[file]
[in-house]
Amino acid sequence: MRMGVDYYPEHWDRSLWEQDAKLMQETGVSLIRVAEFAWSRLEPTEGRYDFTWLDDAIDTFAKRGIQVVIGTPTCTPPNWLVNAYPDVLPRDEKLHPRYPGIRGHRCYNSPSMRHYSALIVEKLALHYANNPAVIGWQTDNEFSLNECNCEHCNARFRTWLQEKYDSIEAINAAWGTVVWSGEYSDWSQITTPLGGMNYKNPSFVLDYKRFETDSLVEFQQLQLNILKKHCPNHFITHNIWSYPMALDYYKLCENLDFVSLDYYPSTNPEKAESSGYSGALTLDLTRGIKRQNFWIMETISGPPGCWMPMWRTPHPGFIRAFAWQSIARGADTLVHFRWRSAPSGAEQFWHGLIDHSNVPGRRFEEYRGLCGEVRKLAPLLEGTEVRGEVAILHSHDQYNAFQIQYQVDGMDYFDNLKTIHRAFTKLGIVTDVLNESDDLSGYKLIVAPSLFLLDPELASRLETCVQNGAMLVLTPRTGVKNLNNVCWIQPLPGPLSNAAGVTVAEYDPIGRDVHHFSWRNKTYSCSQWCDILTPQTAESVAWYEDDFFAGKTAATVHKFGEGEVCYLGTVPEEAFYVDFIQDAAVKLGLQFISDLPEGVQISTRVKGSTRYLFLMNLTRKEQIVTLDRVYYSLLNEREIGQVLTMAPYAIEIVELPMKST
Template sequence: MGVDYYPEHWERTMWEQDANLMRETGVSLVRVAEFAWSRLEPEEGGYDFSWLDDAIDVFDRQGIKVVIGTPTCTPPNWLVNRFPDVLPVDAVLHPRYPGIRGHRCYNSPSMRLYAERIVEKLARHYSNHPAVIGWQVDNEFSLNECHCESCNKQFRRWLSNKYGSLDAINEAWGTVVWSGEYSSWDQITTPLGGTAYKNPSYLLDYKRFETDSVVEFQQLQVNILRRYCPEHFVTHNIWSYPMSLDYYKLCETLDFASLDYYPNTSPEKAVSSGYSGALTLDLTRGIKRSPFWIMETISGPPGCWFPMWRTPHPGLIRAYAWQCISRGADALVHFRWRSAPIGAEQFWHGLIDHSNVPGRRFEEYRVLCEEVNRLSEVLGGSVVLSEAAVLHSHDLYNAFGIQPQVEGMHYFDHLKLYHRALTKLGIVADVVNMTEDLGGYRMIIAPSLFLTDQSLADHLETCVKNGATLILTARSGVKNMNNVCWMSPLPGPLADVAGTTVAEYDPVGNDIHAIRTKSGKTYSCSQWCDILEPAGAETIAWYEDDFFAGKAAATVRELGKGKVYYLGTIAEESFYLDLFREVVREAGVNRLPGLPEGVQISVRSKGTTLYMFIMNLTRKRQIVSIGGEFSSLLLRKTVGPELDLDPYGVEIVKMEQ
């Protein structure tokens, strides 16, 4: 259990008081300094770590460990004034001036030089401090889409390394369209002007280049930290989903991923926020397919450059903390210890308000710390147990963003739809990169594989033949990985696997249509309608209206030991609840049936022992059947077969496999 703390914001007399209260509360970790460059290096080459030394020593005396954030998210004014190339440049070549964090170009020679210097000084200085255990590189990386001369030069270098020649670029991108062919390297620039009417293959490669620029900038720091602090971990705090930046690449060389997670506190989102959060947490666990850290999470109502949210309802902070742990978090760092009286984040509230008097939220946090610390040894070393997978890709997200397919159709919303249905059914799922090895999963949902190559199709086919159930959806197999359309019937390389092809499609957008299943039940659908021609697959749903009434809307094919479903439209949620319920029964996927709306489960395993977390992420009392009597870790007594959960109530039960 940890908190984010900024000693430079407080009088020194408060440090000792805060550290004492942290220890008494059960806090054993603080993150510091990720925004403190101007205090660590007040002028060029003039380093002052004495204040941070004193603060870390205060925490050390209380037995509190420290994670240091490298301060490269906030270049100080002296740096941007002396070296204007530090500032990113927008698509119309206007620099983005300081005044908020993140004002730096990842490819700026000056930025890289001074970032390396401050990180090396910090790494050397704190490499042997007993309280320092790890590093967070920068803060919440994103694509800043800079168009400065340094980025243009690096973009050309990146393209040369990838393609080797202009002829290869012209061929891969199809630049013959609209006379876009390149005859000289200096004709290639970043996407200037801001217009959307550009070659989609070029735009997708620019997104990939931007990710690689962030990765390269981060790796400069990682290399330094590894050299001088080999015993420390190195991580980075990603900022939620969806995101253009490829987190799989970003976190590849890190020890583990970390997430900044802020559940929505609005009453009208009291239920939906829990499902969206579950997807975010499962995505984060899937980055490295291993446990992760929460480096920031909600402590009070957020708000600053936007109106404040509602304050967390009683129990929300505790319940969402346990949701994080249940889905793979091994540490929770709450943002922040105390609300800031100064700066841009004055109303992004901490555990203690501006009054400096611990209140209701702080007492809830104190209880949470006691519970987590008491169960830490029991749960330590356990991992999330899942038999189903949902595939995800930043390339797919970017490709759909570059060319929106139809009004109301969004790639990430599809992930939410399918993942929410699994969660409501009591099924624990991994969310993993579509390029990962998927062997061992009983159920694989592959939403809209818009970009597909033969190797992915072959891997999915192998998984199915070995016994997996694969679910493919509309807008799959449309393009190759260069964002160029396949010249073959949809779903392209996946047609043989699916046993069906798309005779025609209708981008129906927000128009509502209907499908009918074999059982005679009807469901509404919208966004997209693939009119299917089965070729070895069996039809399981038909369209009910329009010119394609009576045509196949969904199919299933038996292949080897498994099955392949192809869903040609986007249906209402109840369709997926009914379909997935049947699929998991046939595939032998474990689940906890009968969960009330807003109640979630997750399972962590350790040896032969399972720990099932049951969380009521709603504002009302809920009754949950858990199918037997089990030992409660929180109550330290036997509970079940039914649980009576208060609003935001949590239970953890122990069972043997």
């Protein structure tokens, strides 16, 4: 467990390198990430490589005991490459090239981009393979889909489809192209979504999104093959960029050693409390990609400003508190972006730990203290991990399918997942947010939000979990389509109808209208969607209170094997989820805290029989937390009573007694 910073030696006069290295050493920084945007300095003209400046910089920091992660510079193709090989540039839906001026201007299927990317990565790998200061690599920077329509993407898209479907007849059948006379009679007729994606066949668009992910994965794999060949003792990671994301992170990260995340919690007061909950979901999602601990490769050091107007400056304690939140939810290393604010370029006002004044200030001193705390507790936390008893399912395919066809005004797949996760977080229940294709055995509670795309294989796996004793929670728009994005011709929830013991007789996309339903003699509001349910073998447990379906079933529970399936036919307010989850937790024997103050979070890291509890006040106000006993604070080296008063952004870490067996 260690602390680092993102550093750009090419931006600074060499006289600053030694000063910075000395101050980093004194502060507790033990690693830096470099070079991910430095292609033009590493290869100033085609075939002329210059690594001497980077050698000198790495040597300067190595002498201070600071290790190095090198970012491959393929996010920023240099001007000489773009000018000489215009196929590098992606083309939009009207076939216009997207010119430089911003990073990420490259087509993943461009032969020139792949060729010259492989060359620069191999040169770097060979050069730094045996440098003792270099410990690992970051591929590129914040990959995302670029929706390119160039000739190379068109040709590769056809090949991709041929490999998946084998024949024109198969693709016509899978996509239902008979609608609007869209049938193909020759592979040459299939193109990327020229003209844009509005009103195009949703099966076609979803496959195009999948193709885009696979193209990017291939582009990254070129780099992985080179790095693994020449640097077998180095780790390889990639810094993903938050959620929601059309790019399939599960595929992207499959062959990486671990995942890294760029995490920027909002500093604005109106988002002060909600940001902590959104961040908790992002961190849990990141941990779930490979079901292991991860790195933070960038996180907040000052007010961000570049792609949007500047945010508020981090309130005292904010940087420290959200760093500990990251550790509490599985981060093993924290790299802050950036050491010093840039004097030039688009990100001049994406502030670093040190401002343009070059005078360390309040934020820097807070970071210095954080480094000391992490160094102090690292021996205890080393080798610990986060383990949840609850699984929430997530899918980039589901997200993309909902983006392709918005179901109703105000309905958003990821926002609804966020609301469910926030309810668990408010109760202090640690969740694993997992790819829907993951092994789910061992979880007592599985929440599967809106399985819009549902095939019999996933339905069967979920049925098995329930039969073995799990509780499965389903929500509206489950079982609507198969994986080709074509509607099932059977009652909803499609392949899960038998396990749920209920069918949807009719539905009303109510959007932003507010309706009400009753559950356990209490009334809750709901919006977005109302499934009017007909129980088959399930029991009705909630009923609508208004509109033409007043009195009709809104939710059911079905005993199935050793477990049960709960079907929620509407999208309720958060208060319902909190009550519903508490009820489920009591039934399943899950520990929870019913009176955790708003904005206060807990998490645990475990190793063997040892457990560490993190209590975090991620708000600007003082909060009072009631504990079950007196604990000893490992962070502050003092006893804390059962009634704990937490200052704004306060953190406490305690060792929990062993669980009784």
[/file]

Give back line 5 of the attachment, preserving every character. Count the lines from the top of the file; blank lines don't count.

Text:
């Protein structure tokens, strides 16, 4: 467990390198990430490589005991490459090239981009393979889909489809192209979504999104093959960029050693409390990609400003508190972006730990203290991990399918997942947010939000979990389509109808209208969607209170094997989820805290029989937390009573007694 910073030696006069290295050493920084945007300095003209400046910089920091992660510079193709090989540039839906001026201007299927990317990565790998200061690599920077329509993407898209479907007849059948006379009679007729994606066949668009992910994965794999060949003792990671994301992170990260995340919690007061909950979901999602601990490769050091107007400056304690939140939810290393604010370029006002004044200030001193705390507790936390008893399912395919066809005004797949996760977080229940294709055995509670795309294989796996004793929670728009994005011709929830013991007789996309339903003699509001349910073998447990379906079933529970399936036919307010989850937790024997103050979070890291509890006040106000006993604070080296008063952004870490067996 260690602390680092993102550093750009090419931006600074060499006289600053030694000063910075000395101050980093004194502060507790033990690693830096470099070079991910430095292609033009590493290869100033085609075939002329210059690594001497980077050698000198790495040597300067190595002498201070600071290790190095090198970012491959393929996010920023240099001007000489773009000018000489215009196929590098992606083309939009009207076939216009997207010119430089911003990073990420490259087509993943461009032969020139792949060729010259492989060359620069191999040169770097060979050069730094045996440098003792270099410990690992970051591929590129914040990959995302670029929706390119160039000739190379068109040709590769056809090949991709041929490999998946084998024949024109198969693709016509899978996509239902008979609608609007869209049938193909020759592979040459299939193109990327020229003209844009509005009103195009949703099966076609979803496959195009999948193709885009696979193209990017291939582009990254070129780099992985080179790095693994020449640097077998180095780790390889990639810094993903938050959620929601059309790019399939599960595929992207499959062959990486671990995942890294760029995490920027909002500093604005109106988002002060909600940001902590959104961040908790992002961190849990990141941990779930490979079901292991991860790195933070960038996180907040000052007010961000570049792609949007500047945010508020981090309130005292904010940087420290959200760093500990990251550790509490599985981060093993924290790299802050950036050491010093840039004097030039688009990100001049994406502030670093040190401002343009070059005078360390309040934020820097807070970071210095954080480094000391992490160094102090690292021996205890080393080798610990986060383990949840609850699984929430997530899918980039589901997200993309909902983006392709918005179901109703105000309905958003990821926002609804966020609301469910926030309810668990408010109760202090640690969740694993997992790819829907993951092994789910061992979880007592599985929440599967809106399985819009549902095939019999996933339905069967979920049925098995329930039969073995799990509780499965389903929500509206489950079982609507198969994986080709074509509607099932059977009652909803499609392949899960038998396990749920209920069918949807009719539905009303109510959007932003507010309706009400009753559950356990209490009334809750709901919006977005109302499934009017007909129980088959399930029991009705909630009923609508208004509109033409007043009195009709809104939710059911079905005993199935050793477990049960709960079907929620509407999208309720958060208060319902909190009550519903508490009820489920009591039934399943899950520990929870019913009176955790708003904005206060807990998490645990475990190793063997040892457990560490993190209590975090991620708000600007003082909060009072009631504990079950007196604990000893490992962070502050003092006893804390059962009634704990937490200052704004306060953190406490305690060792929990062993669980009784």